Water Detectives: Managing the water where you live.
by Chris Cowcher,

A decade on, memories of the 2007 floods in Gloucestershire are still raw, and with climate change predicted to bring more extreme weather events, communities are taking it upon themselves to protect their areas from flooding in the future. To achieve this, local residents, organisations, groups and farmers are working together across Gloucestershire to map water flows and restore the wildlife habitats, ditches and streams that help divert water away from towns and villages.

“It is fantastic to see that one of our ACRE Network members, GRCC is involved in such a project which truly encourages grassroots, bottom up action."

Community action in Gloucestershire is facilitated and supported by The Farming and Wildlife Advisory Group (FWAG) and ACRE Network member Gloucestershire Rural Community Council (GRCC) through the WILD (Water and Integrated Local Delivery) project, an initiative which encourages an integrated approach to managing the local water environment. Partners committed to using this Catchment Based Approach, including FWAG, GRCC, ACRE (Action with Communities in Rural England) and others are today launching the Community Guide to Your Water Environment. This guide demonstrates a decade of learning after the terrible floods of 2007 and provides detail, advice and case studies about how communities can launch their own natural flood management work.

The Community Guide recognises the role of volunteers, who play a central part in the WILD project activity. It includes a simple to use “5-Step” process which provides a framework for any community wishing to consider this integrated approach to managing water in their local community. At present communities in Gloucestershire are able to access facilitated one-to-one support from FWAG and GRCC, however it is hoped that such services could be made available in other parts of the country if appropriate funding is made available.

The Community Guide to Your Water Environment is available to download from the ACRE, GRCC and FWAG websites or hard copies can be accessed through contacting Jenny Phelps MBE - 01666 503668 or Jenny.Phelps@fwagsw.org.uk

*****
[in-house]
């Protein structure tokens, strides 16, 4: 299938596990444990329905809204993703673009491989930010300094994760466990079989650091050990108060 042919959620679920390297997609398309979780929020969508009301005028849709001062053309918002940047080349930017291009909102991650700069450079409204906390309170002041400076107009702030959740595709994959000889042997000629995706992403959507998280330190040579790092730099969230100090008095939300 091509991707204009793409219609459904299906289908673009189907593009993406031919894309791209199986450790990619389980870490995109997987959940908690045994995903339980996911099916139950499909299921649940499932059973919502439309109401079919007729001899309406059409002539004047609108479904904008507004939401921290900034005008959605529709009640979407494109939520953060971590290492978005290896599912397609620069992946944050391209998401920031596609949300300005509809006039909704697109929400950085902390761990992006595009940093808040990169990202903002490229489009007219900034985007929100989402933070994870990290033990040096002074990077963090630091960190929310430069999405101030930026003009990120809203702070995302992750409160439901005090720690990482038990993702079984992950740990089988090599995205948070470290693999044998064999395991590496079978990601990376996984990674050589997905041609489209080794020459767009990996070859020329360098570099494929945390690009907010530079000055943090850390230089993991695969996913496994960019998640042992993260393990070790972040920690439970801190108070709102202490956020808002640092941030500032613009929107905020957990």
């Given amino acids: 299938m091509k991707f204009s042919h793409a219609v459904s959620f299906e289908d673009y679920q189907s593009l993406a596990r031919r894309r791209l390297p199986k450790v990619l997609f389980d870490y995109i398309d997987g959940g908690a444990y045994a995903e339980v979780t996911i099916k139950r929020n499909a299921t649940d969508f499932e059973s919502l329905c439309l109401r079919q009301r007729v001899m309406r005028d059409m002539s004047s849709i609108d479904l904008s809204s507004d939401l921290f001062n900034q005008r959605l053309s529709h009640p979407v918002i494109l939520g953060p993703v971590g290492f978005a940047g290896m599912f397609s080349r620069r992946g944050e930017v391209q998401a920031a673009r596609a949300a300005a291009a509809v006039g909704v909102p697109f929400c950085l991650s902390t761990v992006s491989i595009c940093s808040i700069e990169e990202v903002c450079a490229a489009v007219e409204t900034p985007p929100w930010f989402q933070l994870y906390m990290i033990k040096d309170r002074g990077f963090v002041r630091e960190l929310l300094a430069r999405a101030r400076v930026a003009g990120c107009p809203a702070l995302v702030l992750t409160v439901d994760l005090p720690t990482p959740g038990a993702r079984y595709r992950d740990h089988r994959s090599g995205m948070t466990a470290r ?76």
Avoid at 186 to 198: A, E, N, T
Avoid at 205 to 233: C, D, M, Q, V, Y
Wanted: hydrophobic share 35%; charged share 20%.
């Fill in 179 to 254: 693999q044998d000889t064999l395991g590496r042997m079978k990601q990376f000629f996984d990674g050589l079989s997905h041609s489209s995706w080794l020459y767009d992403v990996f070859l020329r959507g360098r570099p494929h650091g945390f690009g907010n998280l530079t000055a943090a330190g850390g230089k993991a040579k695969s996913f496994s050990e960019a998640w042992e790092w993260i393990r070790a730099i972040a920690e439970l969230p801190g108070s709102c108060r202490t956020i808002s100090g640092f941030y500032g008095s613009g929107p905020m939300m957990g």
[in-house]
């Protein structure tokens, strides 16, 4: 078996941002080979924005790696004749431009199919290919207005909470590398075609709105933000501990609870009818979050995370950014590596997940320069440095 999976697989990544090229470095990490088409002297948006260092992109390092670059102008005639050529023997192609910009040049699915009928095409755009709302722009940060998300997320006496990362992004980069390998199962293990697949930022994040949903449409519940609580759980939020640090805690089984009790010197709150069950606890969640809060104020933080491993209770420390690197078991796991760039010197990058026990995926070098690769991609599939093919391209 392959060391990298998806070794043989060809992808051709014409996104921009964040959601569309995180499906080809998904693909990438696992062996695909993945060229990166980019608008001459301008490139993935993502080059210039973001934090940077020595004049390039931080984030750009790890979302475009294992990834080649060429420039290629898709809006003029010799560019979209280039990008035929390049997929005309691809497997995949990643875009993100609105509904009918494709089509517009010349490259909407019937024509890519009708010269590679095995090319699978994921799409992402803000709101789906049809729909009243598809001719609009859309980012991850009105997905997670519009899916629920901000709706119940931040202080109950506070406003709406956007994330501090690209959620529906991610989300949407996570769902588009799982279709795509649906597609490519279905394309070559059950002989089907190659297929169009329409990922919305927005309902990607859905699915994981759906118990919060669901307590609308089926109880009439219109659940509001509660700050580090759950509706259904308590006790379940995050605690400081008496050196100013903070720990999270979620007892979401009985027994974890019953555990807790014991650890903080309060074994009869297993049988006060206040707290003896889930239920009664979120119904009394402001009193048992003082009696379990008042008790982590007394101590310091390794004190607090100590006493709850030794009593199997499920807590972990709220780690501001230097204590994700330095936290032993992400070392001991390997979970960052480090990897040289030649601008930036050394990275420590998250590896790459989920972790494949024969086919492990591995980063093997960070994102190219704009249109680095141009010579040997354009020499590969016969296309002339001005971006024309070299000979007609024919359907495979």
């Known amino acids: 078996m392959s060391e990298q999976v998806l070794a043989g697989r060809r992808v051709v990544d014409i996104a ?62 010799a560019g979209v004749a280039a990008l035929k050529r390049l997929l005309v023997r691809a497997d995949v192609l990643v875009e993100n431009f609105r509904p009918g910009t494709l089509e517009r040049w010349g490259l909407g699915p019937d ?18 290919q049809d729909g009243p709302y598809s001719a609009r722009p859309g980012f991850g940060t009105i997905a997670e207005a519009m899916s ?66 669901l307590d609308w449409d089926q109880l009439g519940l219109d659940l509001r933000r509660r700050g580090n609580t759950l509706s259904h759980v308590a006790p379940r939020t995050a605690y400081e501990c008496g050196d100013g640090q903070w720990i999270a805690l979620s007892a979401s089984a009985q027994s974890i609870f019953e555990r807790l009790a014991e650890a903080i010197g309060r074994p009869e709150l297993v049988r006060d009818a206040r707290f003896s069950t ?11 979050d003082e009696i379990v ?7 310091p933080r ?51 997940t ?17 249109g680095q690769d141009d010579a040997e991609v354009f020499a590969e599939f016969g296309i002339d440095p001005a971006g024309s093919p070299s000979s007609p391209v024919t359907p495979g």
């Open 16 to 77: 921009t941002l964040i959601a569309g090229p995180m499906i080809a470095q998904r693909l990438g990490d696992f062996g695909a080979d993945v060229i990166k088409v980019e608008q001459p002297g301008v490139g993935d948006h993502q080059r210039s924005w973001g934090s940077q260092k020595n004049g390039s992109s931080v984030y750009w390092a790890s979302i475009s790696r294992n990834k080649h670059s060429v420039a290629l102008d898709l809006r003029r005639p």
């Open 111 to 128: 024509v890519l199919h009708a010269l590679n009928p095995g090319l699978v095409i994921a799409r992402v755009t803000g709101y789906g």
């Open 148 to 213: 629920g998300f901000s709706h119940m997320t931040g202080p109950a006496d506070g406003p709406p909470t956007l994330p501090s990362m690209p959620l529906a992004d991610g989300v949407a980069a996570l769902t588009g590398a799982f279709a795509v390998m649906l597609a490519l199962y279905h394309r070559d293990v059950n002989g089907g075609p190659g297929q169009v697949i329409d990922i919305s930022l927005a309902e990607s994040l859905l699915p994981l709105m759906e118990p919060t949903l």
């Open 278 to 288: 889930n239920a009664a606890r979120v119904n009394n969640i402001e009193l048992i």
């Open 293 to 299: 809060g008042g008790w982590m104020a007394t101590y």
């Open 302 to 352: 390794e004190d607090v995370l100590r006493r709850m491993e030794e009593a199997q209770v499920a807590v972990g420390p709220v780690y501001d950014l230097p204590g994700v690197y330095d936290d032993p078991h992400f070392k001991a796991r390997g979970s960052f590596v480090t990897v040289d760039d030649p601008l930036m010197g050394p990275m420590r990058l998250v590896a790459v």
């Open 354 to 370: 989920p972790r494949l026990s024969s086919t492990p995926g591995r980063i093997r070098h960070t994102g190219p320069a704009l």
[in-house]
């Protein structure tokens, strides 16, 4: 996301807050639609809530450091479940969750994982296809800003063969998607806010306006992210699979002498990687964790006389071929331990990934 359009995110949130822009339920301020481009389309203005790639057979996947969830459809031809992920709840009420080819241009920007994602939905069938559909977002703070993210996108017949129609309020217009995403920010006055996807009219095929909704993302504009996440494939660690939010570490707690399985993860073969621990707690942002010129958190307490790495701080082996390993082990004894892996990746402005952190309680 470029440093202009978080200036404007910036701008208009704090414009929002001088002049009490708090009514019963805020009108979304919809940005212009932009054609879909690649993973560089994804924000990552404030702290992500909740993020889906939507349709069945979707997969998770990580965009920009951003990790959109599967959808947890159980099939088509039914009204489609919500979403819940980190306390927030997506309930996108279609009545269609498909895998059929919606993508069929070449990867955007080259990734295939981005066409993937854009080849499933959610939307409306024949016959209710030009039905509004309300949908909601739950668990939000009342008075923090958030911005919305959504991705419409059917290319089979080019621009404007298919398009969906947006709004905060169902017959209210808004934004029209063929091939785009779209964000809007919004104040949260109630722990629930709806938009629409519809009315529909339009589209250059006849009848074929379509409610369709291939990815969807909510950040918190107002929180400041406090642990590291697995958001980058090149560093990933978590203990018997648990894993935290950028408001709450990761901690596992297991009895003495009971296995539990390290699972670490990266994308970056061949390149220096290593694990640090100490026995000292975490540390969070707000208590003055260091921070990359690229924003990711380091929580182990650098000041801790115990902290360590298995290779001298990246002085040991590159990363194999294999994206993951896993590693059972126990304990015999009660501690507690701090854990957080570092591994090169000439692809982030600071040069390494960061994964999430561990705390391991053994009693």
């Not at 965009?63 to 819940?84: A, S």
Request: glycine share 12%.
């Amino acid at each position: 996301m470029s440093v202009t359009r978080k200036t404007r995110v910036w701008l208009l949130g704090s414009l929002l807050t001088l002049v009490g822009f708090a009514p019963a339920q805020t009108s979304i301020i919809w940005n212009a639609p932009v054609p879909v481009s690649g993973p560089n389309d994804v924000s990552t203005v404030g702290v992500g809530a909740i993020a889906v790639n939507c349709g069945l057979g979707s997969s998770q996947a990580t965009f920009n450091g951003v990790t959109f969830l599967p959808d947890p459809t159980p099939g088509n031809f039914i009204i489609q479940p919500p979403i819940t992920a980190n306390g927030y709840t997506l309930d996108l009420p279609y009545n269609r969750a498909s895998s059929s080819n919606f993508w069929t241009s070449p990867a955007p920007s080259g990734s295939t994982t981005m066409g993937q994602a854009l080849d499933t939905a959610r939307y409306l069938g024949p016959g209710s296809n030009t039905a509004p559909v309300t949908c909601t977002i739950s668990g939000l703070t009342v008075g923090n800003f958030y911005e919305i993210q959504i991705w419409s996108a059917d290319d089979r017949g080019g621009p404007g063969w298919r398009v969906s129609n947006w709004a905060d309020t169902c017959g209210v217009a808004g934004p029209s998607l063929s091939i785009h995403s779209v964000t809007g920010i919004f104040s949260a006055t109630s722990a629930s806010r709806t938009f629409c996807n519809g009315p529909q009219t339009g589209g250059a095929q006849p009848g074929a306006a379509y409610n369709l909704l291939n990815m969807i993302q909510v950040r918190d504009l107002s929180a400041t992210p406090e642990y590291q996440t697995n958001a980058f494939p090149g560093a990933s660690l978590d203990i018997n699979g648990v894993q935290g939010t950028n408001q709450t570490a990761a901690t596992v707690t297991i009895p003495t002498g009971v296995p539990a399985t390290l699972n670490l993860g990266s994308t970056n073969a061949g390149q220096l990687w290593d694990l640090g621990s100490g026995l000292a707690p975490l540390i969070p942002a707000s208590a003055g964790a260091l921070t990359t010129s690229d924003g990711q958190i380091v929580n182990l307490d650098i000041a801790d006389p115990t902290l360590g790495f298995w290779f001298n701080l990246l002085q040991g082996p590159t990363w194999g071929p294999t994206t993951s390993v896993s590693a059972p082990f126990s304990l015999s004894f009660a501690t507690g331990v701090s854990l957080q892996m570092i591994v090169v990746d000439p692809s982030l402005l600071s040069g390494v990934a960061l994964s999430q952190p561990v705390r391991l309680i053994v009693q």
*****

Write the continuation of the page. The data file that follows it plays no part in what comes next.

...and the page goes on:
Jenny Phelps MBE, FWAG Senior Farm Conservation Adviser says “We hope that this Community Guide will enable people to take local action, to become resilient to climate change and help policy makers understand the cost benefit of supporting specialist facilitators to coordinate integrated action at a local level to deliver multiple benefits”

Helen Richards, GRCC WILD Project Officer says “Empowering local communities to make decisions and affect change in their area is a key component of the WILD project. GRCC has supported Gloucestershire’s communities through times of change since we were founded in 1923, this Community Guide provides a key resource for those residents wanting to manage the water environment where they live.”

Chris Cowcher, ACRE Community Manager said “It is fantastic to see that one of our ACRE Network members, GRCC is involved in such a project which truly encourages grassroots, bottom up action. We all know how devastating flooding can be to rural communities, so the opportunity to take proactive steps to learn about and manage water flow, therefore reducing the risk of flooding can only be a positive action to take.”

Notes to editors:

  • Land use changes over the last century have dramatically increased flood risk, as the natural features and processes that slow water flows have been degraded by intensive agriculture and extensive urbanisation. Affordable and sustainable flood protection demands the restoration of these environmental ‘services’, often across the vast catchments that feed individual rivers.
  • This is a huge job, and it relies on the help of dozens of communities across any given water catchment area. The Farming and Wildlife Advisory Group (FWAG) and ACRE Network member Gloucestershire Rural Community Council (GRCC) have been working with villages in Gloucestershire. With the help of the local residents in each community, they are working to uncover how the land once looked and functioned, drawing on historic memories of villagers, archived maps and easily overlooked clues such as street names. Using the information they find, they then work with businesses, farmers and volunteers to restore the most important natural process for flood protection.
  • In doing so, they are finding radical new solutions for how our countryside and environment can be nurtured and protected to provide wide benefits to all of society, from healthier food and stronger rural economies through to climate change mitigation.